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Asus Kills Dual-boot Notebook to Please Microsoft, Google

Dual-boot or multiboot systems are nothing new, but it looks like neither Microsoft nor Google are too jazzed about the idea of their operating systems living together on the same machine. In fact, they're unhappy enough that it put the kibosh on a newly-announced dual-boot system from Asus. Announced at CES in January, the Transformer Book Duet ran both Microsoft Windows and Google's Android OS. It was supposed to be available for purchase this month. Instead, the company has canned the idea for the foreseeable future.

A report in the Wall Street Journal says the device was probably canceled due to Microsoft and Google's feelings on the issue. The WSJ says Asus faced pressure from Google and Microsoft and that the device has been indefinitely postponed. In an industry where products are announced, shipped, relegated to the bargain bin and then redesigned and re-announced all in the space of a year, an 'indefinite postponing' is as bad as it gets. Especially if that product had already been announced and was well on its way to launch.

While dual-boot Windows and Android may not have appealed to everyone, the fact that Google and Microsoft are actively trying to stop these kinds of devices from making it to market is disappointing. Because these companies now have a hand in every pot (desktop, tablets, mobile, web), they see little need to involve anyone else in what they're doing, regardless of whether the consumer who prefers Windows for desktop over anything else is also a die-hard Android fan and developer.

We reached out to Google, Asus, Intel, and Microsoft for comment on this story. So far, only Intel and Microsoft have gotten back to us. The former says it works to support OEMs and their desires as well as what works best on its own architecture. Microsoft didn't comment on whether or not the report was true, nor did it really explain how it feels about dual-OS systems. A Microsoft spokesperson said the following:

"Our policies have not changed, Microsoft will continue to invest with OEMs to promote best in class OEM and Microsoft experiences to our joint customers."

Neither Asus nor Google got back to us at time of posting.

Curious to know more about the dual-booting notebook that never was? Check out our hands-on preview video of the Asus Transformer Duet here.

Follow Jane McEntegart @JaneMcEntegart. Follow us @tomshardware, on Facebook and on Google+.

  • Lutfij
    Whats stopping folks from doing a bit of dual booting alchemy of their own?
    Reply
  • TyrOd
    Whats stopping folks from doing a bit of dual booting alchemy of their own?
    Driver support and extremely limited(locked-down) BIOS options.
    Reply
  • Lutfij
    True but you'll see a niche form that will address the concerns you've mentioned. Most probable that it won't be legal but then again you have people going on about torrents in a world where that sort of activity can land you in jail.

    Not refuting you, just saying it possible to take form in a small manner. Here's hoping it does happen legally at least.
    Reply
  • 11796pcs
    "Our policies have not changed, Microsoft will continue to invest with OEMs to promote best in class OEM and Microsoft experiences to our joint customers."This is worse than not responding at all.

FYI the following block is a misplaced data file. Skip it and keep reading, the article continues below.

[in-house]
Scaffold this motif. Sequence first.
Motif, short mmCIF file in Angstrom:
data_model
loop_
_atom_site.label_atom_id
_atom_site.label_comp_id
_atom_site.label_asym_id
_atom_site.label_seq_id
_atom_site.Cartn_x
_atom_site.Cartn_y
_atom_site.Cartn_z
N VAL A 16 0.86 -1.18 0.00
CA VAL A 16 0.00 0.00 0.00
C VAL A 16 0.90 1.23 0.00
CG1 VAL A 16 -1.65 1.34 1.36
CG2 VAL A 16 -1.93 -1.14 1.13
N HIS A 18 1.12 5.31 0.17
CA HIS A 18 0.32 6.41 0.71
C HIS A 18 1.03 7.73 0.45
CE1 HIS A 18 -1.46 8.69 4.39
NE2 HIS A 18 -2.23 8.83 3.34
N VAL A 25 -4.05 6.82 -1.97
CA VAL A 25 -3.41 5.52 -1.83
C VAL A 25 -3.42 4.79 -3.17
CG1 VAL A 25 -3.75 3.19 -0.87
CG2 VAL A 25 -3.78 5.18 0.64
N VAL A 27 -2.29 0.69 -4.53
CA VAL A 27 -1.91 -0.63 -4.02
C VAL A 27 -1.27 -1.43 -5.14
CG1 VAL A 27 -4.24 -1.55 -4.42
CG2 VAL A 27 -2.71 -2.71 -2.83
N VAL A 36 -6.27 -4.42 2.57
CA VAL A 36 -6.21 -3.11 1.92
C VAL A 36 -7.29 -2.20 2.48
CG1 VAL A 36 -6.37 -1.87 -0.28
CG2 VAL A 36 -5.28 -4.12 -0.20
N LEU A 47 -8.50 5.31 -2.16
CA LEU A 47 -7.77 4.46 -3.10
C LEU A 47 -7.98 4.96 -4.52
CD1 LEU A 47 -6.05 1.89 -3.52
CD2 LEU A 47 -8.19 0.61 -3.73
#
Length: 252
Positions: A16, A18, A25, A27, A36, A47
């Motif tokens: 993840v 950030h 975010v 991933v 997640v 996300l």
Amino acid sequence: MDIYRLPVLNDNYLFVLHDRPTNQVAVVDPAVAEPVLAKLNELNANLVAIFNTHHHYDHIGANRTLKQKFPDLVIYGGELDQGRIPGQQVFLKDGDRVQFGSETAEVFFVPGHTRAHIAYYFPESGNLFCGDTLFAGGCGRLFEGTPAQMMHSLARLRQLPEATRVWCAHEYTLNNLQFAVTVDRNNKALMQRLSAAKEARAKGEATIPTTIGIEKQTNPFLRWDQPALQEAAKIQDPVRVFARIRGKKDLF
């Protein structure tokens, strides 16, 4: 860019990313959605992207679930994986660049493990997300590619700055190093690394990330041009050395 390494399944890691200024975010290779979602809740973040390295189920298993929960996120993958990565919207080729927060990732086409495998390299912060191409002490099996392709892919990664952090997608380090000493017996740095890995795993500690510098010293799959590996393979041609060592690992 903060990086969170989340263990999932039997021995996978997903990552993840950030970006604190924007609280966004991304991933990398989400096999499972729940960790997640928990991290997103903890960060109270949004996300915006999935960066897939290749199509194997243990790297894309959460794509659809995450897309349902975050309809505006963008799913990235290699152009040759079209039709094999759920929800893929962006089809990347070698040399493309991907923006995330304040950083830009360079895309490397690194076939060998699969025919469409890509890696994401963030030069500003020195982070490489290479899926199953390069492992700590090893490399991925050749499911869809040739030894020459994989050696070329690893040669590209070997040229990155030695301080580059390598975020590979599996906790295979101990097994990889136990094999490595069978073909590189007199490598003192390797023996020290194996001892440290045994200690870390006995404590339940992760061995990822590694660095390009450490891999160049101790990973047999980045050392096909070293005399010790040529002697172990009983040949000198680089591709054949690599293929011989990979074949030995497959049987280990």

Reply
  • ericburnby
    banmaster: Bingo. Microsoft had nothing to lose. People using Android and Windows on the same device would soon see how limited Android was, and end up just using Windows.

    The only company that would be negatively affected would be Google. And Google has put their foot down before when Acer tried to release a phone running a forked version if Android.

    I bet it's all Google and not MS.
    Reply
  • bystander
    I'd say Microsoft is the only one to loose on a dual boot system, unless it shows far superior in all things. MS has a huge market share lead. There is nothing to gain for them, but Google can get into more households on a dual boost system. It allows people familiar with Windows to try out Chrome, rather than just going with the familiar.I'm quite shocked that Google would not want this.
    Reply
  • antilycus
    Microsoft and UEFI, along with the OEM's have done a fantastic job of making sure you can't install anything else. UEFI has eliminated the need to for License Keys (on MS) and if you want one, they make you pay for a license for the non UEFI (speaking from first hand experience w/ a preloaded WIN 8 lenovo) license, so you can actually do dual boot. So instead, I have made it a goal in life to never recommend Microsoft based products to any customer ( companies with multi millions of dollars to spend on I.T. Budget ) ever again. No MS SQL, no Microsoft GP, no MS Exchange, no MS Office, no MS Outlook, no MS Server, no MS Active Directory, nothing. Microsoft has proven that can't can lead a camel to water, so why keep giving them the camels?
    Reply
  • Ian Mahaney
    Ridiculous. I was looking forward to this device and already saving up for it. I hope Asus still releases the device itself whether it be only Windows or only Android.
    Reply
  • therealduckofdeath
    Both companies has pushed equally hard to make sure a device isn't sold with both systems on them. It's bad business no matter what position you're in. Microsoft themselves has much of their success to thank for IBM not understanding this around 25 years ago.
    Reply
  • AndrewMD
    The problem with dual booting OSes is that most consumers would not benefit from it. Windows is a better desktop OS and Android is just better with being a tablet or phone
    Reply